"The embassies and consulates that we closed over the weekend will remain closed until Saturday, as we initially said," department deputy spokeswoman Marie Harf told British newspaper The Guardian in Washington before Yemen's official SABA news agency backed away from at least part of the government's earlier assertions.
"No plans for that to change at this time," she said.
"A threat remains," department spokeswoman Jen Psaki told reporters.
Yemeni government spokesmen had said the country's security forces had uncovered and foiled several al-Qaida plots -- including planned attacks against a major Yemeni oil and gas facility, military installations and Western embassies.
"We of course have seen those reports," Psaki said after the claim and before the news agency distanced the government from it.
"I'm not going to get into any specifics," Psaki said.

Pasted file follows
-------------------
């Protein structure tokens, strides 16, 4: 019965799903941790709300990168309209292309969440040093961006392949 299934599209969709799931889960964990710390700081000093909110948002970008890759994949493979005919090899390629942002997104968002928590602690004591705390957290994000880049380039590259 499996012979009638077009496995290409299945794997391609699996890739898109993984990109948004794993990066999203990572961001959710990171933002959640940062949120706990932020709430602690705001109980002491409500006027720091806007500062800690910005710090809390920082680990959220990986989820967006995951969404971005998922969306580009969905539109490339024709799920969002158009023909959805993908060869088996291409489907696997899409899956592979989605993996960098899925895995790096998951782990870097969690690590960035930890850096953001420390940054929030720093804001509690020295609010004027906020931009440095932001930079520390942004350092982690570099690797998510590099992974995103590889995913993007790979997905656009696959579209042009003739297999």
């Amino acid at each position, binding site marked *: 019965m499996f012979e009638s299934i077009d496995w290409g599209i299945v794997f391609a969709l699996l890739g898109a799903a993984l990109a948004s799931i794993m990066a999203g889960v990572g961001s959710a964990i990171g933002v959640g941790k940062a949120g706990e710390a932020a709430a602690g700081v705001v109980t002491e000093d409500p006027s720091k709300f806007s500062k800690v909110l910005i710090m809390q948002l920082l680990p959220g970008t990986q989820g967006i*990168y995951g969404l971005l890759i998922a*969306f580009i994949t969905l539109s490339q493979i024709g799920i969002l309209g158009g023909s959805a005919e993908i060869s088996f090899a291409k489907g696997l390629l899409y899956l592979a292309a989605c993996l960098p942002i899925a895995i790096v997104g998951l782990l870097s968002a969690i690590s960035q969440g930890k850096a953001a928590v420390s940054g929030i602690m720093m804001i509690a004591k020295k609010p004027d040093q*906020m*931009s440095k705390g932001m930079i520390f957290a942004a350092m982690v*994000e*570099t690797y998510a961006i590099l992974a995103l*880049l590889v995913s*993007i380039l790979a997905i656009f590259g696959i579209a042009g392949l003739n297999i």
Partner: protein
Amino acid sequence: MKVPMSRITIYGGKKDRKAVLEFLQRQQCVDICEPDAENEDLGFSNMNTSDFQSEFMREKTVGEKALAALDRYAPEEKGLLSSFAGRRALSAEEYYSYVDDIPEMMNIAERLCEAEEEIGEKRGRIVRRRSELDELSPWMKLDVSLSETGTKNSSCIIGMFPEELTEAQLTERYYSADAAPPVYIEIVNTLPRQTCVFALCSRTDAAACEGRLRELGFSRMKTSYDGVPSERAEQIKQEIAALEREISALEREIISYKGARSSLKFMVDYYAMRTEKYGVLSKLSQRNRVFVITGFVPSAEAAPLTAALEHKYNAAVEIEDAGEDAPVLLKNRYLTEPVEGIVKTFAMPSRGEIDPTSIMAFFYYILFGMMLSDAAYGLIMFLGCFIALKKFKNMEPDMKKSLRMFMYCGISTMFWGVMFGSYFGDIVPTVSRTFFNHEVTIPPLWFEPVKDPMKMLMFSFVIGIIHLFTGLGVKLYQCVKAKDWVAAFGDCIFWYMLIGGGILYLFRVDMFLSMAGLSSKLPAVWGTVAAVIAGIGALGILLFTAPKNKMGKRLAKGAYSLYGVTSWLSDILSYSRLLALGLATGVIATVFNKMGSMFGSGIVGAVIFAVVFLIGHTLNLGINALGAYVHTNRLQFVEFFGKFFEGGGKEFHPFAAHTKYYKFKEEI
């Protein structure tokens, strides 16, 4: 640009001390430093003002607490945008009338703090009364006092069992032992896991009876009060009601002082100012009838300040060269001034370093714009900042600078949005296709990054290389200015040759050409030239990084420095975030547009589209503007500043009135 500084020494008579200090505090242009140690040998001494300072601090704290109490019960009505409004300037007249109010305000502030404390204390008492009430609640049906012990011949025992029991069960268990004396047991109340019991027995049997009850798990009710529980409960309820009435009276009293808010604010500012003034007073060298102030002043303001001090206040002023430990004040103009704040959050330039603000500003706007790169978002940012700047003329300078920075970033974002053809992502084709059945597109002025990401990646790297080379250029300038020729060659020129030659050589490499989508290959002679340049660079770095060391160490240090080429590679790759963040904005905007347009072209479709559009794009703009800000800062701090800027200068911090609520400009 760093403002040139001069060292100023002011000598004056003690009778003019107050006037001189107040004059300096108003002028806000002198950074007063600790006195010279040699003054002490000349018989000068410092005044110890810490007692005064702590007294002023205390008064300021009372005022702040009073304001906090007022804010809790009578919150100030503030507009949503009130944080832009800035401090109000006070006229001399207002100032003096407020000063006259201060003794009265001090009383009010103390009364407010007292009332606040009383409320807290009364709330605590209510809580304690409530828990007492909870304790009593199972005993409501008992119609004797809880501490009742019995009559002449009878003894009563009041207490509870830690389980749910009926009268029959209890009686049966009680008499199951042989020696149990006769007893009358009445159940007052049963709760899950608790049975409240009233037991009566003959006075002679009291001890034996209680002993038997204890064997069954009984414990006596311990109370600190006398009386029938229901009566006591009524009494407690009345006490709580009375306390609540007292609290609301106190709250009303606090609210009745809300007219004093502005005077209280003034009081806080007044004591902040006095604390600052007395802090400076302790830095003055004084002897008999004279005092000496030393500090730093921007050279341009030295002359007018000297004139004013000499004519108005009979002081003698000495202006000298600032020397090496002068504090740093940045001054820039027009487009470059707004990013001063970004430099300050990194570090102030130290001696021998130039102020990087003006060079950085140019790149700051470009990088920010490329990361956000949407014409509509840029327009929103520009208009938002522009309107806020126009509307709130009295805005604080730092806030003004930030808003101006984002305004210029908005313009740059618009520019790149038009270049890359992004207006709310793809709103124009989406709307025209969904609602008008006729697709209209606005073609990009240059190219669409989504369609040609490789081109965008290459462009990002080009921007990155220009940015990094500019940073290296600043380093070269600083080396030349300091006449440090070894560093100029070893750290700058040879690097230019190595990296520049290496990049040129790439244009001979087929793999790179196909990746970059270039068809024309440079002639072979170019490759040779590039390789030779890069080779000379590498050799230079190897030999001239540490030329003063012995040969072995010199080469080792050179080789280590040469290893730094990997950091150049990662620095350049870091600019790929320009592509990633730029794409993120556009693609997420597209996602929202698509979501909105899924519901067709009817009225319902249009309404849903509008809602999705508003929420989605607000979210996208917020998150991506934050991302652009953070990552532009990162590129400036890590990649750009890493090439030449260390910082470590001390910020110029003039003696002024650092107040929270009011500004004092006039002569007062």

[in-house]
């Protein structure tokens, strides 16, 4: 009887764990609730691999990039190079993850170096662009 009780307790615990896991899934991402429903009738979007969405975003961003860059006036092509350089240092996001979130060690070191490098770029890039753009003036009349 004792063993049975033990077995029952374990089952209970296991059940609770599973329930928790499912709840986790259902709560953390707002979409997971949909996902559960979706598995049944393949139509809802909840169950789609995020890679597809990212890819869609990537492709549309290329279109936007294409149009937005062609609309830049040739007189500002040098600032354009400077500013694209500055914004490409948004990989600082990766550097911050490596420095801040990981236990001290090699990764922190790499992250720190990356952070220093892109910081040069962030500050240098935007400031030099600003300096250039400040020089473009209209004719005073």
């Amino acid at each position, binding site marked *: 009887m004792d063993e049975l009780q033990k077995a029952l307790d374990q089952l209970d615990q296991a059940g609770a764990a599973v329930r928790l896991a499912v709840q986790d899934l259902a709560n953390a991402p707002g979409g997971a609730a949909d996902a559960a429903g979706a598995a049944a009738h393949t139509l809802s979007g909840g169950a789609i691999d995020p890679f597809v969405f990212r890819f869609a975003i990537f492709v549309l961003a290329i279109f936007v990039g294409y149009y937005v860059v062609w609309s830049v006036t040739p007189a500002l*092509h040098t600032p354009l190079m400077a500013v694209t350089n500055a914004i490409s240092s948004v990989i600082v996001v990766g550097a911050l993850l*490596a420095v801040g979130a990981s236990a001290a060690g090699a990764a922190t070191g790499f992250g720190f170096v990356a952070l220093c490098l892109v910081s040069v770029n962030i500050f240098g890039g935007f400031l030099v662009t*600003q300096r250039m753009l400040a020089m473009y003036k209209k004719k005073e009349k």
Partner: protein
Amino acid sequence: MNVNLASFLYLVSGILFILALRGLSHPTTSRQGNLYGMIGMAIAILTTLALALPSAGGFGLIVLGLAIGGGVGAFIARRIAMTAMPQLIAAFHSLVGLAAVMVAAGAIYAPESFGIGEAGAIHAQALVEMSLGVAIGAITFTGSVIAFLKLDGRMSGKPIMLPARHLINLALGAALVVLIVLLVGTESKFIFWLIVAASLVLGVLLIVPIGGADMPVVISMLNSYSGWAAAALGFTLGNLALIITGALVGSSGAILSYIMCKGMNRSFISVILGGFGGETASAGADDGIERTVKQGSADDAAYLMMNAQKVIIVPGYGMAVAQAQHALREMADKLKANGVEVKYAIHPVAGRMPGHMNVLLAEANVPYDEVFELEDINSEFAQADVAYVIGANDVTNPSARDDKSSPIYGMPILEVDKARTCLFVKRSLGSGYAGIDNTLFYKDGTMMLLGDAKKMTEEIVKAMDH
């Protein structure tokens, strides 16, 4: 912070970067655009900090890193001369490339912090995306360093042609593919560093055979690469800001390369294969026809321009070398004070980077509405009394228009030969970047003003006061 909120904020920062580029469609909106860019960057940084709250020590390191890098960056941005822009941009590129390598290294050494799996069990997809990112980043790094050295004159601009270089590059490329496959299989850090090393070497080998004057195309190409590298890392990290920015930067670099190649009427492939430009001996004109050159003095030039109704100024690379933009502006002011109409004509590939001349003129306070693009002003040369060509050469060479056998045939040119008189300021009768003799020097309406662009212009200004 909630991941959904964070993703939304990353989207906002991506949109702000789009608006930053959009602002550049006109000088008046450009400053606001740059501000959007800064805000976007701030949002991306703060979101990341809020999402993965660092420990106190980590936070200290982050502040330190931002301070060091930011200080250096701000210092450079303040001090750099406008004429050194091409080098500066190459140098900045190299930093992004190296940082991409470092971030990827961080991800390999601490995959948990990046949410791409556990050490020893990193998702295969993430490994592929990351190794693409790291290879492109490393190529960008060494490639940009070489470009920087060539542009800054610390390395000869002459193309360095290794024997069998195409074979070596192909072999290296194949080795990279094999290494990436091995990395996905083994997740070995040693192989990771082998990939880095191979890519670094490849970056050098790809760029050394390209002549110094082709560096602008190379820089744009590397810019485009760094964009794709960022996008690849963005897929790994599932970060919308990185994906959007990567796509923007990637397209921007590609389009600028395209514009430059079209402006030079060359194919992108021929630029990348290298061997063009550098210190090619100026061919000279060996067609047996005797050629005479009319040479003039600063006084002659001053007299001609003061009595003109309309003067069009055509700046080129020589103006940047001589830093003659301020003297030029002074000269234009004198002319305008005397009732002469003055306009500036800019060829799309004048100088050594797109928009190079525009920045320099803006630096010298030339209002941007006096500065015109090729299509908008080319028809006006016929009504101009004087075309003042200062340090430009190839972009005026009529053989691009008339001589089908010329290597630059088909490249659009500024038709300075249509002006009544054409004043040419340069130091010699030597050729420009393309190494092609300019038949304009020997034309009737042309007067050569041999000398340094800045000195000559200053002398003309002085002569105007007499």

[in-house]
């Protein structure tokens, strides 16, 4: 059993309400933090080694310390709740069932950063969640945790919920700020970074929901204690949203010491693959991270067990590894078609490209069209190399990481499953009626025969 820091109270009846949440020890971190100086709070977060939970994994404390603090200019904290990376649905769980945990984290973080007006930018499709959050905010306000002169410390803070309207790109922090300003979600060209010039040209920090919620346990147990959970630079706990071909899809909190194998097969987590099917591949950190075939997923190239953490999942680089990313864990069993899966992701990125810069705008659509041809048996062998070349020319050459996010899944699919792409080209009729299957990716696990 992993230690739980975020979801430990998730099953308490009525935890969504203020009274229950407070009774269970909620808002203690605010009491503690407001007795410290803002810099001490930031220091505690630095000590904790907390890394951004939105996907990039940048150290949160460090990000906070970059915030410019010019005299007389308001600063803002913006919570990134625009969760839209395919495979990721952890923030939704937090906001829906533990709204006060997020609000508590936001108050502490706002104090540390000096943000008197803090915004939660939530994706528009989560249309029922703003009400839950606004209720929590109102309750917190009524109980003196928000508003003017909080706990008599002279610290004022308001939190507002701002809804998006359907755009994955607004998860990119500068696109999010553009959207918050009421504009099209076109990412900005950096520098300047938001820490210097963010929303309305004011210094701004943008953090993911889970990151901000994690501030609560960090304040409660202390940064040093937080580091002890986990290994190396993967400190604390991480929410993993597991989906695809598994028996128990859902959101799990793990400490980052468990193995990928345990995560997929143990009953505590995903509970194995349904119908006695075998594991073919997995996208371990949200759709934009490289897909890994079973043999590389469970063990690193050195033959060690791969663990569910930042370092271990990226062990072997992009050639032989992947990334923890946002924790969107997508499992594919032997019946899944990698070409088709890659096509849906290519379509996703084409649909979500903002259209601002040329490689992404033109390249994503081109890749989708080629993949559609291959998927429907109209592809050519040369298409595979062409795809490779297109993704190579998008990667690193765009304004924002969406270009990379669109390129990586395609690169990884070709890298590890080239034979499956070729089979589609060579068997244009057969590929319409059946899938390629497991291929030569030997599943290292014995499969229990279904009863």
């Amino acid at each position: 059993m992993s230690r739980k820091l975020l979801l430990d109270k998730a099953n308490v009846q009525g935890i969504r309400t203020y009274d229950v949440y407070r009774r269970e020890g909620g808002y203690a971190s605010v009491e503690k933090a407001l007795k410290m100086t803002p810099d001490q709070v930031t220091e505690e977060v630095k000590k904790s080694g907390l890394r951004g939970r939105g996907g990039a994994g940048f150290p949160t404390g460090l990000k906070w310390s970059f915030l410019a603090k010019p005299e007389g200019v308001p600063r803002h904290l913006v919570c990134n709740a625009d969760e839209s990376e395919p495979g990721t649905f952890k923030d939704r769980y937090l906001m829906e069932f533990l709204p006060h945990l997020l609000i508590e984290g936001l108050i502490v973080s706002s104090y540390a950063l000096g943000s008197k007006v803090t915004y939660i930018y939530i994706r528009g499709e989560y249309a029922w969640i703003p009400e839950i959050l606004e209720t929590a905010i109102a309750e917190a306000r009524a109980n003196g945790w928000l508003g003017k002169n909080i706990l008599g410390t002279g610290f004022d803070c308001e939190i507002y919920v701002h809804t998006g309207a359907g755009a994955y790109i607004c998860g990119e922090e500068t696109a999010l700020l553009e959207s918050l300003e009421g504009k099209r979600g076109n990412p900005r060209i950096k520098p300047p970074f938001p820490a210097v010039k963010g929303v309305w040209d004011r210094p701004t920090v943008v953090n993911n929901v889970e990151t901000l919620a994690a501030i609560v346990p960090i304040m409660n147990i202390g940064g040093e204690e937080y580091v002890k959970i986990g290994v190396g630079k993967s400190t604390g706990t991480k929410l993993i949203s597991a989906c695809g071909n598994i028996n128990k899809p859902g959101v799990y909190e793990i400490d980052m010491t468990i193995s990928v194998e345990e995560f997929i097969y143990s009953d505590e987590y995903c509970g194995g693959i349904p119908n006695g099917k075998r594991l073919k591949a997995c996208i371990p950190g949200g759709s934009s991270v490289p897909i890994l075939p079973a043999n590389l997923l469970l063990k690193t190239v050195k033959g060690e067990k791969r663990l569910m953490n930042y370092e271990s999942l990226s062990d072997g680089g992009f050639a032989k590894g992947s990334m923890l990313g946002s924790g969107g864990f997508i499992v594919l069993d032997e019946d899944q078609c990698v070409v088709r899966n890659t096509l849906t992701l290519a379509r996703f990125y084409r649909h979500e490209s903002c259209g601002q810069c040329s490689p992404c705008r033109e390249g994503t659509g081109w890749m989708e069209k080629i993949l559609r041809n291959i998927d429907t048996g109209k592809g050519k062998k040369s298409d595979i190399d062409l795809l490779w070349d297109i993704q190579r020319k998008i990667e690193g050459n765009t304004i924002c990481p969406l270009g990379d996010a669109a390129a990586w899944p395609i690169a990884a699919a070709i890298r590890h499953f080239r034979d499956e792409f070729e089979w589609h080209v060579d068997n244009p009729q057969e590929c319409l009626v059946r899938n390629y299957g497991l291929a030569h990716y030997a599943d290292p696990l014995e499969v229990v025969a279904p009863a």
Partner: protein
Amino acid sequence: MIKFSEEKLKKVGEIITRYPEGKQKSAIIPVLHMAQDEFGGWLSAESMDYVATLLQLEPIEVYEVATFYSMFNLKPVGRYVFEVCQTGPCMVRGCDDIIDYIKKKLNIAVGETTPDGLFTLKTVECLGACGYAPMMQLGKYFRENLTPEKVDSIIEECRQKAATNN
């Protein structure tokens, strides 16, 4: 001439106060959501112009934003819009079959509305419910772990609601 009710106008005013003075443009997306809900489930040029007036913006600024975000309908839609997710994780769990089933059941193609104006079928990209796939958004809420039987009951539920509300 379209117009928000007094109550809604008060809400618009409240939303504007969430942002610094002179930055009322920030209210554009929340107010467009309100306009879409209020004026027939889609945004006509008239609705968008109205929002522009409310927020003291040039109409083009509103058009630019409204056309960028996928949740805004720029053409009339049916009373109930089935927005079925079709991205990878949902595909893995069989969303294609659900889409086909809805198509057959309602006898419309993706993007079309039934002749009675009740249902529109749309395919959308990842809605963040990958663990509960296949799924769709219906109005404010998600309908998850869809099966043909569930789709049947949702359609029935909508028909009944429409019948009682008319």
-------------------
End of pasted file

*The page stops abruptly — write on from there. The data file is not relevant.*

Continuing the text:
"Our embassy remains closed. We're continuing to evaluate all information on a daily basis. But beyond that, I don't have an additional update."
The Wall Street Journal said U.S. officials cast doubt on the claims' authenticity.
SABA later cited security sources who denied there had been a threat against the oil and gas facility.
Another Yemeni official told CNN the alleged plot the government spokesman referred to was apparently unrelated to the terrorist threat that Washington blamed for the closing of U.S. embassies. The alleged threat also prompted a U.S. warning for Americans to leave Yemen.
Yemen's capital, Sanaa, remained on high alert Thursday, with jet fighters overhead and streets barricaded.
Three drone strikes early Thursday east of Sanaa killed at least three people, witnesses cited by The New York Times said.
The strikes hit one of two cars carrying alleged al-Qaida members, the witnesses said.
One car allegedly carried a leading al-Qaida member from Saudi Arabia, but the witnesses said they didn't know if he was in the vehicle that was struck.
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